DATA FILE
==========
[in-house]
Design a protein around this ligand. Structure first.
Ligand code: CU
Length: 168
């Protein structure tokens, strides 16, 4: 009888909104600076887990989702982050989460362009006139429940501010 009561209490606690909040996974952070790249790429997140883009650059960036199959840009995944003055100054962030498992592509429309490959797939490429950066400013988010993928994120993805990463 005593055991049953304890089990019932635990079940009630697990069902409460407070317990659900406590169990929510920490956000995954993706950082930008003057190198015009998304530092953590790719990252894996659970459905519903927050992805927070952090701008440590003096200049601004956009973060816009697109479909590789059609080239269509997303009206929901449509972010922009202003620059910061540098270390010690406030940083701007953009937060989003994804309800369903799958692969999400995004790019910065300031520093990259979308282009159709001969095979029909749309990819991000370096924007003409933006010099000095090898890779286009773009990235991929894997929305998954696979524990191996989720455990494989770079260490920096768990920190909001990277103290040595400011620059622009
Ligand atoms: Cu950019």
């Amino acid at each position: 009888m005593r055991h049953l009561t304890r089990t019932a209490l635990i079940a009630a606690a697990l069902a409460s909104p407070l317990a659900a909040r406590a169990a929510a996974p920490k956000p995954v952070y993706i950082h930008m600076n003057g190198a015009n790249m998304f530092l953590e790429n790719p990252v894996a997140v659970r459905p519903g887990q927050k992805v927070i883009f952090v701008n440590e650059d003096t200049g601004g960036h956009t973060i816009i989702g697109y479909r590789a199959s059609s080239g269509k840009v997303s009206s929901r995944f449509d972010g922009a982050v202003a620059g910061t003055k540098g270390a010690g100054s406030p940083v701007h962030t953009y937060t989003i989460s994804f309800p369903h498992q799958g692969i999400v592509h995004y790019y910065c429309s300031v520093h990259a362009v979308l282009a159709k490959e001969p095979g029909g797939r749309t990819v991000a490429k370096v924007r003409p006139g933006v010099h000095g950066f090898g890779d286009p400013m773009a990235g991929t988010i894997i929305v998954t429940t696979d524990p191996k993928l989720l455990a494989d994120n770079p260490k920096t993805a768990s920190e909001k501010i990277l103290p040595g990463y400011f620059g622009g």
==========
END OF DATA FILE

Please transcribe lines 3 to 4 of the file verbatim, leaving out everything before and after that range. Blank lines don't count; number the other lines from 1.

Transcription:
Ligand code: CU
Length: 168